The United States Department of Labor recently filed a lawsuit against JPMorgan Chase & Co., which alleges that JPMorgan Chase discriminated against female employees in certain positions by paying them less than it paid male counterparts. The Department of Labor found that JPMorgan Chase has paid nearly one hundred female employees less than male comparators in various positions at the company. The lawsuit was filed by the Department of Labor’s Office of Federal Contract Compliance Programs, which alleges that JPMorgan Chase has violated an executive order that prohibits federal contractors from discrimination on the basis of sex, which includes disparate payment because of a person’s sex.
NFI RoadRail, LLC and NFI Industries, Inc. have reportedly agreed to pay $45,000 to settle a gender discrimination lawsuit. The lawsuit alleged that the companies paid a female director less than three male directors who had worked in the same role. The female director discovered the pay disparity after she saw a pay stub for one of the former male directors. The Equal Pay Act of 1963 prohibits employers from paying women a lower salary than men for equal work. See EEOC v. NFI Industries, No. 3:14-cv-00181 (N.D. Tex. 2014).
SOCI Petroleum/Santmyer Oil Company has been charged by the Equal Employment Opportunity Commission of violating federal equal pay laws by paying a female employee less than the male predecessor in her position for performing substantially the same work. The EEOC’s Complaint states that in 2009 Lori Bowersock, who had worked for SOCI in Wooster, Ohio since 2006, replaced the former male human resources manager but was paid less than him. The Complaint also alleges that SOCI condoned derogatory remarks made to female employees and that its gave female employees less credit for their accomplishments than their male counterparts. These alleged actions violate the Equal Pay Act of 1963 and Title VII of the Civil Rights Act of 1964. EEOC filed suit in the U.S. District Court for the Northern District of Ohio Eastern Division. The EEOC seeks permanent injunctive relief to prohibit SOCI from future discrimination by providing equal pay to women for equal work, access to equal employment opportunities for women, lost wages, compensatory and punitive damages. See EEOC v. SOCI Petroleum/Santmyer Oil Co., No. 5:15-cv-02017 (N.D. Ohio).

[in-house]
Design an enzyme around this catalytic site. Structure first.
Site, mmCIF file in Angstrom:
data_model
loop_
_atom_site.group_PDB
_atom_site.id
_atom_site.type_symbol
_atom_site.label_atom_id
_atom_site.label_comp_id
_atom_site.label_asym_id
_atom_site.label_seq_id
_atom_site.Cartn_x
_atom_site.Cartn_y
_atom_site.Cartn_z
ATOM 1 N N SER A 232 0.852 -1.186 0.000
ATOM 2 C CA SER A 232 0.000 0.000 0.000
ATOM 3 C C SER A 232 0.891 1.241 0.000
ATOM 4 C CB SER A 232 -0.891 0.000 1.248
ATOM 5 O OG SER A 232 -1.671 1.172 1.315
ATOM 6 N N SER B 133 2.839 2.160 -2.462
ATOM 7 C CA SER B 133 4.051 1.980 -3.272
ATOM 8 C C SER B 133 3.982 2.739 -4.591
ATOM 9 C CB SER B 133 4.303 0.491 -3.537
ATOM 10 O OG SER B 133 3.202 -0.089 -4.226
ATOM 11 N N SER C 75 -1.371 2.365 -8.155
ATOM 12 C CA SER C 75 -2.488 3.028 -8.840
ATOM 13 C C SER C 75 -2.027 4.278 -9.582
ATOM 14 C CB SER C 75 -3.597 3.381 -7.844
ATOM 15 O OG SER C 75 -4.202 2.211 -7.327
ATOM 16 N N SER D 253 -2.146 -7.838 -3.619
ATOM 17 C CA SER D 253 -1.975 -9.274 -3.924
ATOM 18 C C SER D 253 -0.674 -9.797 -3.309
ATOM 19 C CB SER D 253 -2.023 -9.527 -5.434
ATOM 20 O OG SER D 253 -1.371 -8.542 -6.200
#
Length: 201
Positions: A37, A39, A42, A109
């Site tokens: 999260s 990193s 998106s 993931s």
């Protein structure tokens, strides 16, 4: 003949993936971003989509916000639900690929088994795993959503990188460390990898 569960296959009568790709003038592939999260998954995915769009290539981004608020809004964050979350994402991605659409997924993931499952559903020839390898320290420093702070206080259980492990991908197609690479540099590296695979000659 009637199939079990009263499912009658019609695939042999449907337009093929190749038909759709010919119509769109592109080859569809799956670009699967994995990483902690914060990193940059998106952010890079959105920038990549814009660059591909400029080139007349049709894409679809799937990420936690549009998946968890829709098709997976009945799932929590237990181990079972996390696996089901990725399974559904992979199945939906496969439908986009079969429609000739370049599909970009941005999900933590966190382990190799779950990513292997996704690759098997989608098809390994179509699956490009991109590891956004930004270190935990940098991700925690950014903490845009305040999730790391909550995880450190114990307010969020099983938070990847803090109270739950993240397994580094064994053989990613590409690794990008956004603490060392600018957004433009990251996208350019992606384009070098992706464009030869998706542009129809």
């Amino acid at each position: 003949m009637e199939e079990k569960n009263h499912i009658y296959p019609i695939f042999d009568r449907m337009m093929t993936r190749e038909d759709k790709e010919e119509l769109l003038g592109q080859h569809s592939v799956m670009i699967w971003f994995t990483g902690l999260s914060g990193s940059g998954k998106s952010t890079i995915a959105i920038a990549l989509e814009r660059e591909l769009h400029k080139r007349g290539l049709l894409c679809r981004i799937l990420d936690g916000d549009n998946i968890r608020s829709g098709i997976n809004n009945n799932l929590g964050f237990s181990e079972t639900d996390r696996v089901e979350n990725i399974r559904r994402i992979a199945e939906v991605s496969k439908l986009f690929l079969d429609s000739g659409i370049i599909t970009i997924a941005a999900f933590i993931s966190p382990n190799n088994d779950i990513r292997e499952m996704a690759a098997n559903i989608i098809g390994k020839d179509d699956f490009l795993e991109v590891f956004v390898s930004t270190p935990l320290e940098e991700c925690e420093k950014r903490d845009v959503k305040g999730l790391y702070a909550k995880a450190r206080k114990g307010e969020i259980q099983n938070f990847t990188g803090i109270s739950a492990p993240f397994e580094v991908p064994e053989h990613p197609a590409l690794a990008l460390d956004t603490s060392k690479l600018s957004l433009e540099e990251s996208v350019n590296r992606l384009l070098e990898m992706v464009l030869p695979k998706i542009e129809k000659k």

The EEOC has sued Extended Stay Hotels for allegedly paying their male employees higher wages than their female employees, even though they all performed equal work, in violation of the Equal Pay Act of 1963 and Title VII of the Civil Rights Act of 1964. Latoya Weaver worked as a guest services representative for five years at Extended Stay Hotels. Extended Stay Hotels, however, allegedly paid new male employees more than it paid Ms. Weaver, even though they allegedly performed equal work. See EEOC v. HVM L.L.C., No. 8:13-cv-01980 (D. Md.).
Pursuant to the Equal Pay Act of 1963, an employer cannot pay a woman less than a man (or vice-versa) for a job that requires equal skill, effort and responsibility and that is performed under similar working conditions. Exceptions are permitted when the payment is made pursuant to a seniority system, a merit system, a system that measures earnings by quantity or quality of production, or any other legitimate business reason.